Seven things Cuban workers get that U.S. workers don’t

April 17, 2017 9:28 AM CDT BY MICHELLE KERN

Ernesto Freire Cazañas, head of the International Relations Department of El Central de Trabajadores de Cuba, and a member of the CTC National Council is looking for new opportunities to create ties with labor unions in the U.S.

The CTC is eager to establish fraternal labor relations in the United States. They have had limited opportunities, but Freire Cazañas highlighted the instances to date:  a Cuban trade union delegation travelled to the opening of the Cuban Embassy in Washington D.C. in July of 2015; and two thousand union leaders from the US who have journeyed to Cuba for May 1st celebrations and labor education exchanges.  A representative from the CTC would be open to opportunities to visit different U.S. states if permission to travel here on a visa could be obtained.

The CTC is the Cuban equivalent to the AFL-CIO.  The labor federation is 78 years old; its existence pre-dates the Revolution.

Unions in Cuba are organized wall-to-wall within industries:  The Transportation Union, for example, organizes all workers in transit, from airline pilots all the way to pedicab drivers.

The Cuban trade union movement is not affiliated with the Cuban Communist Party—the federation is independent and self-financed.  A trade union member is not required to be a member of the Communist Party.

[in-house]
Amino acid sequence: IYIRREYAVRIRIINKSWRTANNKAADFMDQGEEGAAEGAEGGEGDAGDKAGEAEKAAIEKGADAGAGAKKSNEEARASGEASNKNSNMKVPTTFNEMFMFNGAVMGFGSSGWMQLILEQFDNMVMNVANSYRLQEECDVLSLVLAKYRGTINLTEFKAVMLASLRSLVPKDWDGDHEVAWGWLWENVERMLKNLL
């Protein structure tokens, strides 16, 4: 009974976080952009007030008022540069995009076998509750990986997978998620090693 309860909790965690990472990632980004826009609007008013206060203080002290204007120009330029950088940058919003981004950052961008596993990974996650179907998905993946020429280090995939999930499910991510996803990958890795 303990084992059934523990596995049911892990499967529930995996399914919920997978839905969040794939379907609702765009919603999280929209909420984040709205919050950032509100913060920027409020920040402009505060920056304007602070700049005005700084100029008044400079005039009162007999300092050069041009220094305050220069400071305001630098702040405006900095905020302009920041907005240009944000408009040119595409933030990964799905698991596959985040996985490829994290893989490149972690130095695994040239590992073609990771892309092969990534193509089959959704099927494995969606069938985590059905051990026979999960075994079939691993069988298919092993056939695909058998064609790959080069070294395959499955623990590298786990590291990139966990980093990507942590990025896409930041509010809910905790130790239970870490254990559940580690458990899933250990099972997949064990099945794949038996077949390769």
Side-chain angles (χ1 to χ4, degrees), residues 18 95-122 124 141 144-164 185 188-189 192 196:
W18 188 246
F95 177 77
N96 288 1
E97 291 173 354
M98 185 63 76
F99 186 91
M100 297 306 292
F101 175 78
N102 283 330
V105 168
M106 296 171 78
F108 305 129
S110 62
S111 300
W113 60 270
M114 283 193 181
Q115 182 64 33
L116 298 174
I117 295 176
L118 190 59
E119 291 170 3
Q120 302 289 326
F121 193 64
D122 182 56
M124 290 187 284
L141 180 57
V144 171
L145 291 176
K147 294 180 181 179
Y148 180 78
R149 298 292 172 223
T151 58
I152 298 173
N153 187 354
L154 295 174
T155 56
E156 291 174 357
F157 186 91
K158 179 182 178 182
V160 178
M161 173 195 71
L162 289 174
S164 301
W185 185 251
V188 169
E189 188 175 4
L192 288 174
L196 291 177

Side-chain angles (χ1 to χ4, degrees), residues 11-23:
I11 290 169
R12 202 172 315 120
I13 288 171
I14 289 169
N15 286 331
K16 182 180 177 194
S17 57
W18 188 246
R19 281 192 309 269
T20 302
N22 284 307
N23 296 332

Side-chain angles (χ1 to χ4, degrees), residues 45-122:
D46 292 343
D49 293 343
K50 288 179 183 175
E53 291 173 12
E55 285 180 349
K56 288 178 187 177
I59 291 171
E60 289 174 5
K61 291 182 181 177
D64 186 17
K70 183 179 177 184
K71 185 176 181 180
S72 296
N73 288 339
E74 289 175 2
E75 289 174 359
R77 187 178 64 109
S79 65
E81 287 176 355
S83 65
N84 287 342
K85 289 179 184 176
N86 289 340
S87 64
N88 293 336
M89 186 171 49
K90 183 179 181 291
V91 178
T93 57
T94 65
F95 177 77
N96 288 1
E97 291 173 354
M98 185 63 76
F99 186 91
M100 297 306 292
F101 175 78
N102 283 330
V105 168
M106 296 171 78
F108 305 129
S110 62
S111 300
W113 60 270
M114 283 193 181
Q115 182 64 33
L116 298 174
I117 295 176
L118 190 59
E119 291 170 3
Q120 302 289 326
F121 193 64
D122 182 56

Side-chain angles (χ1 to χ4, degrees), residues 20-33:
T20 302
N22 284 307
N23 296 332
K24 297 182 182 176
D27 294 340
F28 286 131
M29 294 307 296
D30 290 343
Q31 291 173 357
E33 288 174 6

Prospective union members can organize a union with as few as ten colleagues who also wish to form a union in their workplace.

Affiliation with a trade union is voluntary. Freire Cazañas described a shared experience of trade union organizers all over the world: that there are always a few workers who think that they do not need a union until they really need their union.  Despite this, Cuba enjoys a 98 percent union membership rate.  (The U.S. rate of unionization among all workers is 11.3 percent.)

The 2011 reorganization of the state-run economic sector, as part of the economic revitalization program planned in the Sixth Congress, has produced a new workforce of 500,000 self-employed workers.  These self-employed workers, whether co-op workers, artists, small scale hotel operators, or craft-persons, all have the right to join a trade union.

Private businesses like small hotels and restaurants are also affiliated with the hospitality union.  The unionization rate is not as high in the self-employed sector as it is in the traditional trade unions, but the labor movement is working to raise the rate of organization.

The right to be employed is a hallmark of Cuban worker rights.  Along with this right, workers have a number of rights legally mandated in 2014:

–Right to a written contract

–Social security

–Eight-hour workday

–One day of rest a week

–Seven days of vacation

–One year of paid parental leave, which can be granted to either parent

Grandparents are also now allowed a stipend for childcare if they are caregivers while parents work.  Furthermore, in order to encourage higher birthrates, the tax rate for women has been decreased if they have a child.

Even with what he termed the “genocidal blockade,” from the United States, Freire Cazañas made clear that Cuba’s priority remains human beings.

Rep. Kevin McCarthy locks the door on California Medicare activists

January 30, 2017 12:08 PM CST  BY VERGIL LEWIS

BAKERSFIELD, Calif. – Nearly 1,000 people from all over the state of California descended on the Bakersfield office of House Majority Leader Kevin McCarthy Friday to demand that he drop plans to privatize Medicare and Medicaid and instead “protect, improve, and expand” these programs that are so vital to people in his district and across the country.